• Alloy Performance Guide Rolled Alloys Machining Continued Feed rate should be high enough to ensure that the tool cutting edge is getting under the previous cut, thus avoiding work-hardened zones. Slow speeds are generally required with heavy cuts. The tool should not ride on the work piece as this will work harden the material and result in early tool dulling or breakage. Use an air jet directed on the tool when dry cutting, to significantly increase tool life. Lubricants or cutting fluids for titanium should be carefully selected. Do not use fluids containing chlorine or other halogens (fluorine, bromine or iodine), in order to avoid risk or corrosion problems. Sulfur-chlorinated petroleum oil lubricants are suggested for all alloys, but titanium. Such lubricants may be thinned with paraffin oil for finish cuts at higher speeds. The speeds shown below are for single point turning operations using high speed steel tools. This information is provided as a guide to relative machinability, higher speeds are used with carbide tooling. Alloy Speed Surface, feet/min Speed As a % Of B1112 AISI B1112 165 100 625 20 12 X 20 12 718 20- 40 12-24 188 15 9 N-155 20 12 L-605 (25) 15 9 René 41 12 7 Waspaloy 20 12 A-286 30 18 321 75 45 RA330 30-45 18-27 RA333 20-25 12-15 RA 253 MA 40-60 28-35 309 70 42 310 70 42 601 25-35 15- 21 800H/AT 25-35 15-21 446 75 45 Ti 6Al-4V Solution annealed Solution treated aged (STA) – 30 - 40 15-45 – 18-30 9-27 304 75 45 AL-6XN Alloy 65 40 Alloy 20 65 40 2205 Duplex 50-65 30- 40 303 100 60 17-4 PH Stainless Solution treated Aged H1025 – 75 60 – 45 36 18Rolled Alloys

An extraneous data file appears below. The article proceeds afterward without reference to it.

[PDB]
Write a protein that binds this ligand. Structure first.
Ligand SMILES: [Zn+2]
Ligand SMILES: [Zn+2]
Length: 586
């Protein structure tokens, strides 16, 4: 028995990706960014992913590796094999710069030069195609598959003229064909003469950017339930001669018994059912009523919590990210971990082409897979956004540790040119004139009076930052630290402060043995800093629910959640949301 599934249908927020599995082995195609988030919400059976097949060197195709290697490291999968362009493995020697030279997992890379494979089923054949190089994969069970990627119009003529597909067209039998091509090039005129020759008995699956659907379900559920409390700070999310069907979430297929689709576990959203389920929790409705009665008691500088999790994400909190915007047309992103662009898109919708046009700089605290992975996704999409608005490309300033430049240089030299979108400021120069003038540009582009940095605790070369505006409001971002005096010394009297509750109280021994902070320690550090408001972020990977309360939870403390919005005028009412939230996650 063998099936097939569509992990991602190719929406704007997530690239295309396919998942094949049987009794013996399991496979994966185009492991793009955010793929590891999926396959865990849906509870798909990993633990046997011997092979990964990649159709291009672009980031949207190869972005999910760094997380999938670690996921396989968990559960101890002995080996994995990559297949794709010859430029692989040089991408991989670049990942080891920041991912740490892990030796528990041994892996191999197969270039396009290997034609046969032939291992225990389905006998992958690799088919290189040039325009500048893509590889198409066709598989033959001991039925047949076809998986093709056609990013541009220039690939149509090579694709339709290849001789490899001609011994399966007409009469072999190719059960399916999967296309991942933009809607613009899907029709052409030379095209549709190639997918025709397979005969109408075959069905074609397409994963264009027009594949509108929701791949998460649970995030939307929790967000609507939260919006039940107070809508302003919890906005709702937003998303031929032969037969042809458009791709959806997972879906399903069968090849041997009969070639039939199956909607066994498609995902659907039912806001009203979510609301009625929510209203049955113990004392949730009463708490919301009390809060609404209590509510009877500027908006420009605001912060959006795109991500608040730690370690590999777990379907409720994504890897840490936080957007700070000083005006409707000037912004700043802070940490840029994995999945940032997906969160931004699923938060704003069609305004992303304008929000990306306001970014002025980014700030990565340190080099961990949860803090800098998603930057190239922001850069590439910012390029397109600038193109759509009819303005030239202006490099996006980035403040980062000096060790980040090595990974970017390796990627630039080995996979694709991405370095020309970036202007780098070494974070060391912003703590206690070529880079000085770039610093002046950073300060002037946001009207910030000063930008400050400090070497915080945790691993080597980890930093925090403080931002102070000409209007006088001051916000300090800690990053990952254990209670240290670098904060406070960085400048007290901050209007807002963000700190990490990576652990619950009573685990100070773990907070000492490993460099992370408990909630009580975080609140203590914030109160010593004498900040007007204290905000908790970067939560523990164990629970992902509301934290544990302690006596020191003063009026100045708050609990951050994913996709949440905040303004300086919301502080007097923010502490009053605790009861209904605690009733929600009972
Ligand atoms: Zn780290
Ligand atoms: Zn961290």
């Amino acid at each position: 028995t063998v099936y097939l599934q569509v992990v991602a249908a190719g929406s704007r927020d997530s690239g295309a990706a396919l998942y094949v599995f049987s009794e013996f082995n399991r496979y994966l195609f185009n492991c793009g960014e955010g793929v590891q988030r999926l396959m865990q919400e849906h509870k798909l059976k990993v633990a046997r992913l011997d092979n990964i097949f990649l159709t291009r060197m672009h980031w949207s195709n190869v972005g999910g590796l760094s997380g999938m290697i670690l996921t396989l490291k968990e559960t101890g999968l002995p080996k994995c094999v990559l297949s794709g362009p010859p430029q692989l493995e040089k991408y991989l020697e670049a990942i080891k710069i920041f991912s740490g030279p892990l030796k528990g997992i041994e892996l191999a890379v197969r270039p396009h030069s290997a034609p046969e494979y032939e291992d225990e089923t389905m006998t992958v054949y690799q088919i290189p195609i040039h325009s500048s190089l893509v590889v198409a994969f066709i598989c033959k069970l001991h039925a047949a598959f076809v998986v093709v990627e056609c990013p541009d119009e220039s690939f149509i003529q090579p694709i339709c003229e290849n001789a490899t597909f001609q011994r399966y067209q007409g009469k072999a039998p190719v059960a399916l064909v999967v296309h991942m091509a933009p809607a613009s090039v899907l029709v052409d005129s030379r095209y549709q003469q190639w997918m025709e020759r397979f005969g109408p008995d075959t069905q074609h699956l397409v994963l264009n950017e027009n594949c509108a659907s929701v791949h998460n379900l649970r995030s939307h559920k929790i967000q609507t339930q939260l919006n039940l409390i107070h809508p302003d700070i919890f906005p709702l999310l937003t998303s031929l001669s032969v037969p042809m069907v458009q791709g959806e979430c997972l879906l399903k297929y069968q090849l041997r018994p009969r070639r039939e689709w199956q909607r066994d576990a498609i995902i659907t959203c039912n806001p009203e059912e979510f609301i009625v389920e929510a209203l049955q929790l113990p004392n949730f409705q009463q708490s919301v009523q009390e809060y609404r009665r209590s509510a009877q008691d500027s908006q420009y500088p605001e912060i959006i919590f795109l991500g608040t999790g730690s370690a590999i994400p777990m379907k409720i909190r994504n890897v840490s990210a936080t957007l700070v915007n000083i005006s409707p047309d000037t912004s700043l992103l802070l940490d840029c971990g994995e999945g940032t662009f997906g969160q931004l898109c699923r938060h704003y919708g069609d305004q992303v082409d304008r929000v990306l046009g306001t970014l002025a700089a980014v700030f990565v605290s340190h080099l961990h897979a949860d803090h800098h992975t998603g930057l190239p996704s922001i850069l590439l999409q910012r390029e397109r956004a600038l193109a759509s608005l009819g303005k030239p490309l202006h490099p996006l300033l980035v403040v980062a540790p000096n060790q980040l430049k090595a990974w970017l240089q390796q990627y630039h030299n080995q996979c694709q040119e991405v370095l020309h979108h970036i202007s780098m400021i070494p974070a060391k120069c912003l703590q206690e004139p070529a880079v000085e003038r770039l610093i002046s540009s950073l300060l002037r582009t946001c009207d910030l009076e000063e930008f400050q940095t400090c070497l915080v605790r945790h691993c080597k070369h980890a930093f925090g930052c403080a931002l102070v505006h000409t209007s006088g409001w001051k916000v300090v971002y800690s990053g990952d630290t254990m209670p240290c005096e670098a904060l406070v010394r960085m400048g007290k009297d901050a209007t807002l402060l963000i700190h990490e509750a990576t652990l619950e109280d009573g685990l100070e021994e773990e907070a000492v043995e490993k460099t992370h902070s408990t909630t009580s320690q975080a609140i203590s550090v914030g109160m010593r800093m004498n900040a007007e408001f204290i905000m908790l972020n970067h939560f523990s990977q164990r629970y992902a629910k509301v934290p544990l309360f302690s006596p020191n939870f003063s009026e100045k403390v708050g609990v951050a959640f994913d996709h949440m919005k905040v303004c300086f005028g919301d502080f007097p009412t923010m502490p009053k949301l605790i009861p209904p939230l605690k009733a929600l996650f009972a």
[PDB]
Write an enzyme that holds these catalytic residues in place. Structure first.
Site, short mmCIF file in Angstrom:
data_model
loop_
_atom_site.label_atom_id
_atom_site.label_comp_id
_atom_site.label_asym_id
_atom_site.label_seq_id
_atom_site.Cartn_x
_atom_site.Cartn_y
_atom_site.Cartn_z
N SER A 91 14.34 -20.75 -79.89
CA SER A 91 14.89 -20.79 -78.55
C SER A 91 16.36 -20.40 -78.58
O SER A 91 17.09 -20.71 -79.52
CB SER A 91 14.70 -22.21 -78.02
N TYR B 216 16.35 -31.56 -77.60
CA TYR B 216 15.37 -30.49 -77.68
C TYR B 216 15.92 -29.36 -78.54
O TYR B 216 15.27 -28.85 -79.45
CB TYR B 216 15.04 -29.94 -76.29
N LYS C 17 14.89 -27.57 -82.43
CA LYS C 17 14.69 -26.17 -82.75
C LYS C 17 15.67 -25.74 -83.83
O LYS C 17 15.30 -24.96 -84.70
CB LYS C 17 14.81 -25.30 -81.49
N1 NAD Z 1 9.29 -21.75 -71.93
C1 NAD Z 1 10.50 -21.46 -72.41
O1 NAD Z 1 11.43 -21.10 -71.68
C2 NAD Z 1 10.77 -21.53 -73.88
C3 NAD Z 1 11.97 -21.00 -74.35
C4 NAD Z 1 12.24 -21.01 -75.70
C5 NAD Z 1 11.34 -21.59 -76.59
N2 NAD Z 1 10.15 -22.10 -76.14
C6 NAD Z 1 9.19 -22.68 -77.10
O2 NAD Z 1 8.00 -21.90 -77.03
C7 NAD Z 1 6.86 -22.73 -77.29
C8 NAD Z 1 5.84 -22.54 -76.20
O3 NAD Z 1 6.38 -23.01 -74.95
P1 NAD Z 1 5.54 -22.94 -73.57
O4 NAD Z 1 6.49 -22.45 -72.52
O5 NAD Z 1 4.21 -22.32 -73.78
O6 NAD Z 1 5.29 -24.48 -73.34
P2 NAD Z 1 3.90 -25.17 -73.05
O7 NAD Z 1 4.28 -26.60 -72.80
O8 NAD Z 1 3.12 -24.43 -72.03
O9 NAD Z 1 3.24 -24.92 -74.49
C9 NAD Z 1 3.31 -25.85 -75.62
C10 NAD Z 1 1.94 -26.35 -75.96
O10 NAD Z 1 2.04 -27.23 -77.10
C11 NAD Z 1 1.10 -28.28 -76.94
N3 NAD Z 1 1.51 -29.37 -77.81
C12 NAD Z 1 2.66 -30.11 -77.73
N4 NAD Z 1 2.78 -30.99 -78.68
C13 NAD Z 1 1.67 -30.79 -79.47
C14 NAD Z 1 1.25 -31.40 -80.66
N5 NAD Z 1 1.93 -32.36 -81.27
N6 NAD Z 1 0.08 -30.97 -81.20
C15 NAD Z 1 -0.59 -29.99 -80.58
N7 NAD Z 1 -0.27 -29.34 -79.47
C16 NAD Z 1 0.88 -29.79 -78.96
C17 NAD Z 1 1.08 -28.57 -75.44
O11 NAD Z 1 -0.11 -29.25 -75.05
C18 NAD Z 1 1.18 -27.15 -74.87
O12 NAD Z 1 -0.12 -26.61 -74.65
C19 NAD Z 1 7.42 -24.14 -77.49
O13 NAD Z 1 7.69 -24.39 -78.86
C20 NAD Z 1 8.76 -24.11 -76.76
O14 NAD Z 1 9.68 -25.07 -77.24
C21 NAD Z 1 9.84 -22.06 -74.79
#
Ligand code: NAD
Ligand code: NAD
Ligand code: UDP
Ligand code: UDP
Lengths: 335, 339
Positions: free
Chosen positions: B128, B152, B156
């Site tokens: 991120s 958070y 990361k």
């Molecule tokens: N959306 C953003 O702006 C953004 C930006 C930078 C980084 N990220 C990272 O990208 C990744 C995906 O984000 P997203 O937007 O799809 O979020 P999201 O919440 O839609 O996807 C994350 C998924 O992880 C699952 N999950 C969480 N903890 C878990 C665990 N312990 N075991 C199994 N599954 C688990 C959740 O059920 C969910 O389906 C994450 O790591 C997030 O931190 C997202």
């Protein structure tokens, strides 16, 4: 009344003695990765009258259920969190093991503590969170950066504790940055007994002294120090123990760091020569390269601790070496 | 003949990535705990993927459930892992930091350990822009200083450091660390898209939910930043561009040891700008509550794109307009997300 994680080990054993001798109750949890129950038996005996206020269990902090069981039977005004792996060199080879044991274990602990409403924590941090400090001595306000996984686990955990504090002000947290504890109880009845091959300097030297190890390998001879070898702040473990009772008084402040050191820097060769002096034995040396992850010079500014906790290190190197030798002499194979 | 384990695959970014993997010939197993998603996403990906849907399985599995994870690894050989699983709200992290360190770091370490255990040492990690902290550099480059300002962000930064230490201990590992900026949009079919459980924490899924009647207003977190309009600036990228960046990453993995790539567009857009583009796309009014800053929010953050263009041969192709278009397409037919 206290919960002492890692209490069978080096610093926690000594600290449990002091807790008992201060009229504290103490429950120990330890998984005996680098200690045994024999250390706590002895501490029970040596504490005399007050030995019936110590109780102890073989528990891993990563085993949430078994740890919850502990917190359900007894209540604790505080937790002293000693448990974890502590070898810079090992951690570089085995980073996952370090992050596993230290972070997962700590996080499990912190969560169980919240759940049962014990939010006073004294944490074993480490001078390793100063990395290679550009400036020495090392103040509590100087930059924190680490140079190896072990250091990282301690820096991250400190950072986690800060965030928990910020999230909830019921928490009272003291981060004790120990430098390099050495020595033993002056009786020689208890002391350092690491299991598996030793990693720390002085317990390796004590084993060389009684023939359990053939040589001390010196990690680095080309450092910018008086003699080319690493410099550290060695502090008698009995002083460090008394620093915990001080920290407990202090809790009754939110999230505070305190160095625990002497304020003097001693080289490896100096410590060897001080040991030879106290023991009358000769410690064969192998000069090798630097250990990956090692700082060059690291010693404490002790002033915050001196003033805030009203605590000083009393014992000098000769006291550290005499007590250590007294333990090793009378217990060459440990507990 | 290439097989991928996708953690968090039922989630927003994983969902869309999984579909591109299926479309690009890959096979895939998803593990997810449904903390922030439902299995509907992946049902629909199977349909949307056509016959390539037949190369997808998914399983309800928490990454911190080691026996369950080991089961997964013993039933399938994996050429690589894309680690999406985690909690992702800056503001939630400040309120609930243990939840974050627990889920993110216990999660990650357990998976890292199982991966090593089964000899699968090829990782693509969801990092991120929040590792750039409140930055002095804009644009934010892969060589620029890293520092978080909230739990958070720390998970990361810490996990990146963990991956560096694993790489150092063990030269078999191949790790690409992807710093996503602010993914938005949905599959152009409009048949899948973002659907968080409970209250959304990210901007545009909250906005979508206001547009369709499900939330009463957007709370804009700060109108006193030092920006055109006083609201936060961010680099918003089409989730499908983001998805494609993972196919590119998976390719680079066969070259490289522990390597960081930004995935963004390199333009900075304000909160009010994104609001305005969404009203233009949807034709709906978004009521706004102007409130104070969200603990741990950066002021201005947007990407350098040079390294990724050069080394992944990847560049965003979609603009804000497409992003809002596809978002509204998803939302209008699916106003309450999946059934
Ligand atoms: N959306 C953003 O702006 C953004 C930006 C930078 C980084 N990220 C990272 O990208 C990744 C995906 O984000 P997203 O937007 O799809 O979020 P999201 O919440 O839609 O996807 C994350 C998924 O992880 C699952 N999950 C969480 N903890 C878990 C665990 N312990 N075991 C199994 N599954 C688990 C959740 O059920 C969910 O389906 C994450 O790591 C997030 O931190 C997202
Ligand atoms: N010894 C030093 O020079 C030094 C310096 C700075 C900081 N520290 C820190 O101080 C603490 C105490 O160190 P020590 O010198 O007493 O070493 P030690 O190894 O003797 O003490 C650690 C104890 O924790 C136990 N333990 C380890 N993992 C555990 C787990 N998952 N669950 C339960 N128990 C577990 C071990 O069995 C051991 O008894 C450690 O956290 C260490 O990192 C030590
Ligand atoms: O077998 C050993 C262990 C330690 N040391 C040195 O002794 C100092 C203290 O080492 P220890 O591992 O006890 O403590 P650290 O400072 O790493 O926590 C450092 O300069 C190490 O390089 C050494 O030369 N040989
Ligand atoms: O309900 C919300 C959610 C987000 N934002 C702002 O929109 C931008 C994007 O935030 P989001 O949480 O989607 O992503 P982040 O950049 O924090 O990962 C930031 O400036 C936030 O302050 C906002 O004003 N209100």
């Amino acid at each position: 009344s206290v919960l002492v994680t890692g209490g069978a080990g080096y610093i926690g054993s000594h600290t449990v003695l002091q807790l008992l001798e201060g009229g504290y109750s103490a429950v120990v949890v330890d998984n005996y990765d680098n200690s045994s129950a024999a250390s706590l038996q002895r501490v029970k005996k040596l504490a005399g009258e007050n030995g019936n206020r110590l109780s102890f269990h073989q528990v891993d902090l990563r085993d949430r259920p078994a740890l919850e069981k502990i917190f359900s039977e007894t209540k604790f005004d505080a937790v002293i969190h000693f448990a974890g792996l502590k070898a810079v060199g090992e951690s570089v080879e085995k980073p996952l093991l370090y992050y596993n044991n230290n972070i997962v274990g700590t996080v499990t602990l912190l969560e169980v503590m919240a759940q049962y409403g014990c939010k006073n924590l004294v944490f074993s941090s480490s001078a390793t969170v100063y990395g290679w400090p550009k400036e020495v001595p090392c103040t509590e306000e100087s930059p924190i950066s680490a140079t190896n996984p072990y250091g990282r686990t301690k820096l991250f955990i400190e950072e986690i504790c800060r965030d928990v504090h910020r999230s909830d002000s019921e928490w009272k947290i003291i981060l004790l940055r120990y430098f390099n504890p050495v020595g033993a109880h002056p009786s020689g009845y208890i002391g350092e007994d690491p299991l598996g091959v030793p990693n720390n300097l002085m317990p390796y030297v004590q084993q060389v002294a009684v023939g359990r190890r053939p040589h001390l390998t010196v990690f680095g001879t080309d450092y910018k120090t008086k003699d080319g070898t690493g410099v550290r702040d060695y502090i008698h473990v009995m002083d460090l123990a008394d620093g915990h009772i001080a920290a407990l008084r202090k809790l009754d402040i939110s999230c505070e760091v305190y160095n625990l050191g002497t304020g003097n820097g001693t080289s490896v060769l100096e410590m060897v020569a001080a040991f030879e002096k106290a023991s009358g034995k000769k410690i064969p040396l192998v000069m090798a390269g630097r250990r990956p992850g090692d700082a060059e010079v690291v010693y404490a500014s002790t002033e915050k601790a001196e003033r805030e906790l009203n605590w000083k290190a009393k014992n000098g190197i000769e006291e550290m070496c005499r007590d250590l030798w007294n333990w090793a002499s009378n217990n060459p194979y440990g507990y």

• The data and information in this printed matter are believed to be reliable. However, this material is not intended as a substitute for competent professional engineering assistance which is a requisite to any specific application. Rolled Alloys makes no warranty and assumes no legal liability or responsibility for results to be obtained in any particular situation, and shall not be liable for any direct, indirect, special, or consequential damage therefrom. This material is subject to revision without prior notice. www.rolledalloys.com © 2009 Rolled Alloys Bulletin No. 128USe 08/10 People. Service. Expertise. Inventory.